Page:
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ratings resulting from the two procedures were significantly correlated with each other. Furthermore, the concurrent validity of subjective workload assessment was examined by the degree of agreement between the subjective workload and performance measures. In this sense, NASA-TLX obtained an acceptable correlation with the two performance measures, indicating that this instrument shows a good concurrent validity. However, SWAT and Workload Profile global scores were more highly associated with response time than with tracking error. A possible explanation, but not the only one, for the small correlation between RMSE and SWAT and WP scores could be that subjects estimated workload focusing more on the time needed to perform the tasks than on the path deviations, but this hypothesis needs to be confirmed. These results emphasise the need for the development of better human performance models upon which subjective mental workload metrics can be based and, as Tsang and Velazquez (1996) have pointed out, it is not yet sufficiently clear how the information elicited by subjects should be combined for predicting performance. Finally, sensitivity of the three instruments was examined using analyses of variance. The results obtained in the present research are consistent with findings provided by most of the previous studies. For example, Battiste and Bortolussi (1988) compared SWAT and NASA-TLX sensitivity with easy and difficult flight scenarios and segments within those scenarios. Both instruments resulted in significantly different ratings between scenarios and flight segments, but TLX proved sensitive to some mental workload differences not discriminated by SWAT. The Corwin et al. (1989) study in a part-task commercial aircraft simulator showed that both techniques produced essentially the same pattern of sensitivity because the two procedures discriminated the workload associated with the two flight levels distinguished in the evaluation, and also demonstrated differences among some flight phases within the more difficult flight condition. Nataupsky and Abbott (1987) reported similar data from a flight simulation experiment in which post-flight SWAT and TLX ratings successfully discriminated workload levels associated with different flight path conditions. Hill et al. (1992) in a flight simulation task compared four subjective workload rating scales, including SWAT and TLX, and found that TLX had the highest sensitivity among the scales, followed by Overall Workload (OW), and the Modified Cooper-Harper Scale (MCH) and SWAT. In the laboratory environment, Vidulich and Tsang (1986) compared SWAT and NASA Bipolar ratings in both single and dual task versions of a one-dimensional compensatory tracking task and a spatial transformation task and they concluded that both techniques demonstrated essentially the same results, and therefore the use of either instrument as an operational tool appeared justified. Hancock and Warm (1989) have also reported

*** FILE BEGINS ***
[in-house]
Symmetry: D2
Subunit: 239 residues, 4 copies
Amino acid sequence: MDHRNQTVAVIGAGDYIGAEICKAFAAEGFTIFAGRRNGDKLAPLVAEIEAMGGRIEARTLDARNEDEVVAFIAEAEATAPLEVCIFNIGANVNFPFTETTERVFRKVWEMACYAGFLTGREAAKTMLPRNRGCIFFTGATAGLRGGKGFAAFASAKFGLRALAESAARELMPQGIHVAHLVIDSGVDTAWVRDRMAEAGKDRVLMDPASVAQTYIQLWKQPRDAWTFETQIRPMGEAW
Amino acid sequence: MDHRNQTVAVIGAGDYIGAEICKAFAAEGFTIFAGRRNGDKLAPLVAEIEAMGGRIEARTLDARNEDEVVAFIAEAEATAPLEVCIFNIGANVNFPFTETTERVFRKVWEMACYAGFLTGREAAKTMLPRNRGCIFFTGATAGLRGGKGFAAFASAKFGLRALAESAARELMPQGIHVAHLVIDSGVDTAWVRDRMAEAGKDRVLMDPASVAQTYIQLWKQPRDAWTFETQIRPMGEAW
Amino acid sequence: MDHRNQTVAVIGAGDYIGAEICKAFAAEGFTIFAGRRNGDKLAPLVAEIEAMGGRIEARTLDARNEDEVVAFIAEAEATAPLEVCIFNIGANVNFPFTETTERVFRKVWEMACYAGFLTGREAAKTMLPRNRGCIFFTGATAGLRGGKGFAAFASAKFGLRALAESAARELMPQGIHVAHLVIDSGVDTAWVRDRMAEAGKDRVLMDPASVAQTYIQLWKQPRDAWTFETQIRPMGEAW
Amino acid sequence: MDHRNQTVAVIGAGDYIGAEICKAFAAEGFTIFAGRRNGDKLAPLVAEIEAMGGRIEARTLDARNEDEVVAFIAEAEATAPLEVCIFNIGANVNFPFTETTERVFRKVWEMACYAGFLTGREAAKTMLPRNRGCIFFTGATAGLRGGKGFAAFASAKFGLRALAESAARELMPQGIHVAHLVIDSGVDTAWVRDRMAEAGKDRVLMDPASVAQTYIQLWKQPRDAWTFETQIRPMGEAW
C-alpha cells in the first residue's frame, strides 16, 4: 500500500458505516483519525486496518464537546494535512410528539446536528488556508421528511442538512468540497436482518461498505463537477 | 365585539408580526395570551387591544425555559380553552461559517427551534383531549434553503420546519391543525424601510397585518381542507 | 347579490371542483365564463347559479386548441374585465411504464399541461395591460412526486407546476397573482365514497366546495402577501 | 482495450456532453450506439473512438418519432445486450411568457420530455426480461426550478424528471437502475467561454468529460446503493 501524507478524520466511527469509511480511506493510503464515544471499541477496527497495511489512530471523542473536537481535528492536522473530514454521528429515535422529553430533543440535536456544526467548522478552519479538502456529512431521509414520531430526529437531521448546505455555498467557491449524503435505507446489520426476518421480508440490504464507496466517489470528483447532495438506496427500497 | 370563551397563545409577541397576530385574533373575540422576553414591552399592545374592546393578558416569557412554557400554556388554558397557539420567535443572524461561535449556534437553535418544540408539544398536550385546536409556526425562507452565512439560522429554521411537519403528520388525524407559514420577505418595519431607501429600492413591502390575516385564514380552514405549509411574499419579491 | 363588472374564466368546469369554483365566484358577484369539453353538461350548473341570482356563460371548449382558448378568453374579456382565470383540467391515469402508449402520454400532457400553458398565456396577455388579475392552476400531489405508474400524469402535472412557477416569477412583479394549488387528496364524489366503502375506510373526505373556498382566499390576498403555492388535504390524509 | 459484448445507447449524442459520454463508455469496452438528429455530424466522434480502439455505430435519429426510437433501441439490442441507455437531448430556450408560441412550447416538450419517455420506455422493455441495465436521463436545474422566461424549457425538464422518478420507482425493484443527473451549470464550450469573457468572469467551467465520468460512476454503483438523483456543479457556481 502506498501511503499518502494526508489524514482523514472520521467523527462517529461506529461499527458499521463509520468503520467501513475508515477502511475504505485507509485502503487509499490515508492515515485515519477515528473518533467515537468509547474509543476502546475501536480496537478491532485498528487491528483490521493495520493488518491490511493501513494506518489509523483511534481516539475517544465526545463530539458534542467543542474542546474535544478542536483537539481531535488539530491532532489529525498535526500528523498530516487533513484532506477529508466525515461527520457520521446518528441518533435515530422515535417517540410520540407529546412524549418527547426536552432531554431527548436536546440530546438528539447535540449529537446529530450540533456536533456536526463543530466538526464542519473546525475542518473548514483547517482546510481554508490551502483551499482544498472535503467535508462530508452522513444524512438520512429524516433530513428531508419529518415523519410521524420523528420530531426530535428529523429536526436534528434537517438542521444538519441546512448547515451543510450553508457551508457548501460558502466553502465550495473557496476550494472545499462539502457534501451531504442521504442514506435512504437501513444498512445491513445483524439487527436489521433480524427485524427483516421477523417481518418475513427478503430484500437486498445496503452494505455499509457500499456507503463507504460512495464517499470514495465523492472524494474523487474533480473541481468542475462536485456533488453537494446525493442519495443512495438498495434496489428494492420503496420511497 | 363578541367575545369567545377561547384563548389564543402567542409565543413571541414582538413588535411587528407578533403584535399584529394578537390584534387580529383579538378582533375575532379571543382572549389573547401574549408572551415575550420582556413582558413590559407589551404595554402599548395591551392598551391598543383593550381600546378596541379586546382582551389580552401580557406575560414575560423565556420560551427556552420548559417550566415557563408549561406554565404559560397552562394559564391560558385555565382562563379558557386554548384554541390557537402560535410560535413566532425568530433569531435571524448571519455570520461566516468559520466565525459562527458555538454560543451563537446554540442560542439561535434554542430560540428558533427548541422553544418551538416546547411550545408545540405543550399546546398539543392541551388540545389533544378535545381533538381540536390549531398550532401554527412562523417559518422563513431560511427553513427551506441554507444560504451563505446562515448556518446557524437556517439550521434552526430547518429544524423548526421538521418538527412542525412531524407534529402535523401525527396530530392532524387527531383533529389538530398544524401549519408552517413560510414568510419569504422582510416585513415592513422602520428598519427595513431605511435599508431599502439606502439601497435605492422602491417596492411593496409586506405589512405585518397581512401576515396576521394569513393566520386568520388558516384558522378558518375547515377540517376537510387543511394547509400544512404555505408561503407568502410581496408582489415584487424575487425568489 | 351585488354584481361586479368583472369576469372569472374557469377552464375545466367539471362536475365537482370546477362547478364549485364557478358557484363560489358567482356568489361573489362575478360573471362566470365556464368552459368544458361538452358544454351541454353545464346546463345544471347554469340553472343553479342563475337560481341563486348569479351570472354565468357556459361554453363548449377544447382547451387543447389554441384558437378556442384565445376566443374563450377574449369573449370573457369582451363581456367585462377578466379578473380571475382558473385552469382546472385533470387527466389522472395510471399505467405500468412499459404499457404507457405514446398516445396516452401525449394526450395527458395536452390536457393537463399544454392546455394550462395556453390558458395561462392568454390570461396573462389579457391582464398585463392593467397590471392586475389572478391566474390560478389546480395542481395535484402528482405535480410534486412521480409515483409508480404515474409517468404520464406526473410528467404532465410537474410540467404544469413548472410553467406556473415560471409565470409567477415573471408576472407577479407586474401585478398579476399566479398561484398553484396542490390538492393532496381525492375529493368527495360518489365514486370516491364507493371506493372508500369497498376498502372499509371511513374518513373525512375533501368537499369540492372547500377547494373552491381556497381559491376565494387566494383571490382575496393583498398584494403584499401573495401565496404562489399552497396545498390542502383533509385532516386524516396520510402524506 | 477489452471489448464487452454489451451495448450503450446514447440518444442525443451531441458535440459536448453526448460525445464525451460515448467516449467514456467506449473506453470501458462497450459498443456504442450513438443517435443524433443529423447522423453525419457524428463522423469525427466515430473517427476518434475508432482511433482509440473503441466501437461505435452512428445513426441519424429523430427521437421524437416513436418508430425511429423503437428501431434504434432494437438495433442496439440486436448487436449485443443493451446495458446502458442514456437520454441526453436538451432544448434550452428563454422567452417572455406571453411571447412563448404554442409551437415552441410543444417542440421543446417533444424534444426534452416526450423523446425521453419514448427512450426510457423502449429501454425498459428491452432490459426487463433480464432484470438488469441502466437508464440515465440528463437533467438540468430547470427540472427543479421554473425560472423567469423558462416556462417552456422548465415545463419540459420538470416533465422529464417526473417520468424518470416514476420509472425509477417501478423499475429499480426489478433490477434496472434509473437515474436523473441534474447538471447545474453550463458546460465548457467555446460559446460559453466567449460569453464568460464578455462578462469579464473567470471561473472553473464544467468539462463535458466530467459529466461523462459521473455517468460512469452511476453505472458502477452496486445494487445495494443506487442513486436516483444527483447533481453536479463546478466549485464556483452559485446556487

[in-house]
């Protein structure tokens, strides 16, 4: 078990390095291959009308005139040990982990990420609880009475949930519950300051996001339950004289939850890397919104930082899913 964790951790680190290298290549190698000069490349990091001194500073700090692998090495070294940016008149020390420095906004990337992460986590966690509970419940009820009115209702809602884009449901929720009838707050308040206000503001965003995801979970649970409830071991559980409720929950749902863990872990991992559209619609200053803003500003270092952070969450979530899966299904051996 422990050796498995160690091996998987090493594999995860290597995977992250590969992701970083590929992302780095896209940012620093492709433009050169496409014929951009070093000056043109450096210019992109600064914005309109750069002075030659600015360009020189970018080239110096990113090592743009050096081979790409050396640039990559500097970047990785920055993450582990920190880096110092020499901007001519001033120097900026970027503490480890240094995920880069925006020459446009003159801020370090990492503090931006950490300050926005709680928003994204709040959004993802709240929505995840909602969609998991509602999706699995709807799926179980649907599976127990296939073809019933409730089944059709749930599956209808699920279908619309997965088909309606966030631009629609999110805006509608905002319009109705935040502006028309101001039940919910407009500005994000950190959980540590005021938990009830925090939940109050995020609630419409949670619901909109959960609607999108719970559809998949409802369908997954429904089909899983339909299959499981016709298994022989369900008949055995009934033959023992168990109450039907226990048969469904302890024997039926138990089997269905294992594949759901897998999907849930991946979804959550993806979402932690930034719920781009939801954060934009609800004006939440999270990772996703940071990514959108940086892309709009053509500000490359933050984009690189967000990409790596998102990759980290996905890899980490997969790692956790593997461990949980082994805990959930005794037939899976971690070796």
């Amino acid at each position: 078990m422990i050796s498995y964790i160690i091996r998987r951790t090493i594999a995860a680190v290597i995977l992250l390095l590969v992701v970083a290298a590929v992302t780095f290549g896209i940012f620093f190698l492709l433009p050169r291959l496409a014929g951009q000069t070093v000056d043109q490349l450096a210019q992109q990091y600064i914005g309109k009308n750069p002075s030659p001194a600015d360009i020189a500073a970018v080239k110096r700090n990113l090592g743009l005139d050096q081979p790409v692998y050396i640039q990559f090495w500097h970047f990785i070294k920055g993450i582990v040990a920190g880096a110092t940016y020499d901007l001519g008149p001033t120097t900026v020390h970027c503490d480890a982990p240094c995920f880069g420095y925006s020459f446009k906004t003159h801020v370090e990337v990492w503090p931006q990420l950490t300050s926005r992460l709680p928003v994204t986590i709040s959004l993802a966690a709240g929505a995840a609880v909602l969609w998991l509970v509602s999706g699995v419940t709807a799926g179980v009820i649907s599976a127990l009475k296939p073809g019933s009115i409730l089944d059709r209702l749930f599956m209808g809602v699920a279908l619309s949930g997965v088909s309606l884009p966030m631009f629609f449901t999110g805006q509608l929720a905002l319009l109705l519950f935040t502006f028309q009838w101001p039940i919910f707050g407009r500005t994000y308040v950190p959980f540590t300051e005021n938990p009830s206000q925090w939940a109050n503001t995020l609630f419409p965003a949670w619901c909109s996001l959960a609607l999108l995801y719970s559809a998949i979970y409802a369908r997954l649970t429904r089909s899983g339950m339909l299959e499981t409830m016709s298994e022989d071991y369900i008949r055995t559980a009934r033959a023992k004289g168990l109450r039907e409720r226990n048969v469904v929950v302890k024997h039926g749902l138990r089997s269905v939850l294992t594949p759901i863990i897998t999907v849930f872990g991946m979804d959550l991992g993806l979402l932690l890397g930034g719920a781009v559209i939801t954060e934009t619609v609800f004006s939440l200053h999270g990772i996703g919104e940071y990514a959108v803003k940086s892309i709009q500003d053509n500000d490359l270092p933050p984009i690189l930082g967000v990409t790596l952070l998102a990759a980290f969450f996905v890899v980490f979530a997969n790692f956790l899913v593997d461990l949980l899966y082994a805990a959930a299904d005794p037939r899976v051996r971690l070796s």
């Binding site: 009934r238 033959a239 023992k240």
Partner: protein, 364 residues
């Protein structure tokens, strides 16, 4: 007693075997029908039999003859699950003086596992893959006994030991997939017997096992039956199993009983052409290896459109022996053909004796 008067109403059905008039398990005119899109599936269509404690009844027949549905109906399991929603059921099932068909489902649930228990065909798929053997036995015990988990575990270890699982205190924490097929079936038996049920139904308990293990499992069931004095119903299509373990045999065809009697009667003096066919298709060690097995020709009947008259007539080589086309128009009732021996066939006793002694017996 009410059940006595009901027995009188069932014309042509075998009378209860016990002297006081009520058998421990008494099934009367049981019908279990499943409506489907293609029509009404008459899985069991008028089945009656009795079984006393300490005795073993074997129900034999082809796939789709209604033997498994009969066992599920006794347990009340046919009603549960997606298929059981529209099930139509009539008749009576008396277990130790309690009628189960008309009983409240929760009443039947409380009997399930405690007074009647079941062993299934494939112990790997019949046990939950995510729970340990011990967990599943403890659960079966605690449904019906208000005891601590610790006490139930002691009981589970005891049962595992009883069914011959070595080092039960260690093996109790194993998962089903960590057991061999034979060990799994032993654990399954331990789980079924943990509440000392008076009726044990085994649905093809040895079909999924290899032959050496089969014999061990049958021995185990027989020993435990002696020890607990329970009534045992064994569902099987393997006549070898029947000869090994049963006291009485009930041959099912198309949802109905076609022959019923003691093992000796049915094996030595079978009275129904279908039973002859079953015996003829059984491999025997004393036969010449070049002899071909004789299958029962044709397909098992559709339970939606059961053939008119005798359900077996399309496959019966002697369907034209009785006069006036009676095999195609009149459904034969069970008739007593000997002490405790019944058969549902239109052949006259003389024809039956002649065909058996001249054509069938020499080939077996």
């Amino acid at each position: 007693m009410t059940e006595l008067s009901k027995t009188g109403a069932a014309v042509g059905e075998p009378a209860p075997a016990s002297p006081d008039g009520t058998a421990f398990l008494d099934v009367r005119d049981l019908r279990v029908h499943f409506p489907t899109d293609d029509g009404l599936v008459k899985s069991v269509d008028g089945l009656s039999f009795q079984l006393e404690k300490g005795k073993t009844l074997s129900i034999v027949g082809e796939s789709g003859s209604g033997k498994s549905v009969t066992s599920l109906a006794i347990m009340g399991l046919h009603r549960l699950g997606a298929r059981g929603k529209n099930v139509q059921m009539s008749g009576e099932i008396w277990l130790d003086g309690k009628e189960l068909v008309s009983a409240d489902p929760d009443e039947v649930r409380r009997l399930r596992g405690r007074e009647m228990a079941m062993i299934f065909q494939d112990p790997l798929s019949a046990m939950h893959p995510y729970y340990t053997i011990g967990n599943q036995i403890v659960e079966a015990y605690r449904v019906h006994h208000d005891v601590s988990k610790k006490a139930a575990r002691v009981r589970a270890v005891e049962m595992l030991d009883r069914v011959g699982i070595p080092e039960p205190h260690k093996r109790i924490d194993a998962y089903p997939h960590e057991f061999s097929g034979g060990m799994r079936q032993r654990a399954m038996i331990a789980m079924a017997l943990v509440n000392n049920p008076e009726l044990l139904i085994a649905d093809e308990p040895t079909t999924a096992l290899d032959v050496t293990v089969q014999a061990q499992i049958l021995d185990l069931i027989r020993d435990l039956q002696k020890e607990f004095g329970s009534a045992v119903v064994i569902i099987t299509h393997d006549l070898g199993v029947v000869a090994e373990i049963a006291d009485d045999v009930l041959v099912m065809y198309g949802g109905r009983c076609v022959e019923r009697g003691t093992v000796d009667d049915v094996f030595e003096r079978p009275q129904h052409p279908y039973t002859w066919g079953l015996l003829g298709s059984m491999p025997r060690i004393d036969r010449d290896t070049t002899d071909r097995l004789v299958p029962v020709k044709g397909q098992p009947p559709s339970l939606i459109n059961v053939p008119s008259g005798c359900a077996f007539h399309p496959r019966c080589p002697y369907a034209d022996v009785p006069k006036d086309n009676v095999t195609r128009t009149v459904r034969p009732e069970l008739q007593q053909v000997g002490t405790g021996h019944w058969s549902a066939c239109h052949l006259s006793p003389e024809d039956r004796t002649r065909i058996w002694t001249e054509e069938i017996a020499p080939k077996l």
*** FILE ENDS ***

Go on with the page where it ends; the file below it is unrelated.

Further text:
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agreement between SWAT and TLX ratings in a laboratory experiment conducted to evaluate the effects of practice on performance and workload in a compensatory tracking task. The present data show the same pattern of results found in the research mentioned above, regarding NASA-TLX and SWAT. Sensitivity of the WP has been evaluated on just one occasion (Tsang & Velazquez, 1996), in a laboratory experiment using a memory search task and a tracking task. In their study the WP was introduced and evaluated against two unidimensional instruments: Bedford and Psychophysical Scaling. Among the three subjective procedures, the psychophysical ratings were the most sensitive to task demand manipulations. The overall ratings of the WP were the least sensitive to task demand manipulations, but the multivariate effect size was more impressive. In contrast to the Tsang and Velazquez study, our research compared the WP with two well-established multidimensional techniques and, under that condition, WP sensitivity was higher than that obtained with SWAT and TLX. In summary, the present results demonstrate that, among the three subjective procedures, WP was the one which bears the highest sensitivity. The other two instruments showed similar sensitivity, NASA-TLX being slightly more sensitive than SWAT according to the F value.

5. CONCLUSIONS

The analysis of mental workload in a certain job leads to a number of practical implications for the training plans, the selection process, and task designing and redesigning. If we are to process a variety of information at the same time, to make appropriate decisions, to efficiently solve emergency problems, and to adapt to technological changes we have to bear a substantial increase in cognitive complexity in many operations. Therefore, a major goal of work psychology is the analysis of task demands in order to design jobs that bring about a lower mental workload. This in turn will lead to lower stress levels and accident rates, and to a decrease in the likelihood of errors as well. Hence, the importance of mental workload evaluation. This research attempted to analyse and compare the characteristics of three measures of subjective mental workload: NASA-TLX, SWAT, and WP. The study focused on the characteristics listed below: